Russian President Vladimir Putin will recognise the independence of eastern Ukraine’s separatist republics, the Kremlin said in a statement Monday, adding that he had informed the French and German leaders of his decision. “In the near future, the president plans to sign the order,” the Kremlin said, in a statement published before an anticipated national address from Putin, news agency AFP reported. It added that French President Emmanuel Macron and German Chancellor Olaf Scholz had “expressed disappointment” over the decision in phone calls with Putin. “At the same time, they indicated their readiness to continue contacts,” the Kremlin said. France and Germany are mediators in the conflict between Kyiv and pro-Russia rebels in eastern Ukraine.
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Ukrainian soldiers report intensified front-line shelling, fear ‘provocations’
Government troops in front-line trenches in Ukraine’s east said on Monday heavy weapons fire from Russian-backed separatists had intensified to provoke all-out conflict amid fears of Russia seeking a pretext for a full-scale invasion of Ukraine, Reuters reported. Ukrainian troops have battled Russian-backed forces in the Donetsk and Luhansk regions bordering Russia since 2014 in a conflict that Ukraine’s leadership says has killed 15,000 people. A ceasefire deal in 2015 staunched the worst fighting, but shelling has intensified along the “line of contact” since last week as Russia has massed forces along Ukraine’s borders.
The Kremlin said Monday that Russian President Vladimir Putin was planning to recognise two rebel regions of Ukraine as independent, a move that could set off a potentially catastrophic conflict with Kyiv’s Western-backed government. In a statement after Putin spoke to the French and German leaders, the Kremlin said Putin had informed them of requests from authorities in the breakaway regions and from Russian lawmakers for Moscow to grant recognition. “In the near future, the president plans to sign the order,” the statement said, adding that France’s Emmanuel Macron and Germany’s Olaf Scholz “expressed disappointment” over the decision in the phone calls.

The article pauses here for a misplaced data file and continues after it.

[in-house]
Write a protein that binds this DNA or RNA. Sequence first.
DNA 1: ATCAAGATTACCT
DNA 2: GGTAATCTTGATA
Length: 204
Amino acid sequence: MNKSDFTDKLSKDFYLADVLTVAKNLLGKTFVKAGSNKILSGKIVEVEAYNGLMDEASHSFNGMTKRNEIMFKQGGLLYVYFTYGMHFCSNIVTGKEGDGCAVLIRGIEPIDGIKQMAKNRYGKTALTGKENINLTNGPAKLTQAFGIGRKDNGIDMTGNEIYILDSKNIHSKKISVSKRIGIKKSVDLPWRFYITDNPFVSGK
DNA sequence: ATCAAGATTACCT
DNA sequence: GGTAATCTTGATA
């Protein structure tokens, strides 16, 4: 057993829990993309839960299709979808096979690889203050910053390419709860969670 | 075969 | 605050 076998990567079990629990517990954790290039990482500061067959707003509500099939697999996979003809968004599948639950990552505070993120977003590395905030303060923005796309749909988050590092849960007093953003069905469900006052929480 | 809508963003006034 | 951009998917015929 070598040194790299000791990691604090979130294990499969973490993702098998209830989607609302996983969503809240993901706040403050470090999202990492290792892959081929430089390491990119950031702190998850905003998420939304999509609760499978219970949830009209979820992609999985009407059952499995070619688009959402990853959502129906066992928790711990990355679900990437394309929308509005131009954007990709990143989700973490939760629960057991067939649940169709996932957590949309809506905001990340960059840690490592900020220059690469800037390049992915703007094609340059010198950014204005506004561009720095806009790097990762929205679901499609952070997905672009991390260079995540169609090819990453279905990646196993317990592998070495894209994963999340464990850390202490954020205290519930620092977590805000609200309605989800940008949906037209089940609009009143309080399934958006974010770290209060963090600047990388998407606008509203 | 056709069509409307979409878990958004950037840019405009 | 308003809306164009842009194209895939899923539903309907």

Macron calls defence council meeting over Ukraine
French President Emmanuel Macron has convened his country’s defence and security council for a meeting Monday to assess the situation in Ukraine, his office said. The gathering of the council, headed by Macron and featuring a small number of key ministers, comes after the Kremlin said that Russian President Vladimir Putin would recognise the independence of Ukraine’s eastern breakaway republics, news agency AFP reported.
Kremlin top brass urge Putin to recognise Ukraine rebels: AFP
President Vladimir Putin sat behind a table in the Kremlin Monday as his top officials one by one made impassioned speeches urging him to recognise the independence of east Ukraine’s rebel republics. The highly unusual Kremlin security council meeting was unscheduled, lasting around 90 minutes and was broadcast on state television after it had already taken place. Putin presided behind a grand table, the Russian flag and long blue drapes behind him. His officials sat at a distance across one of the Kremlin’s grand marble-covered rooms. A blue carpet across the hall led up to Putin.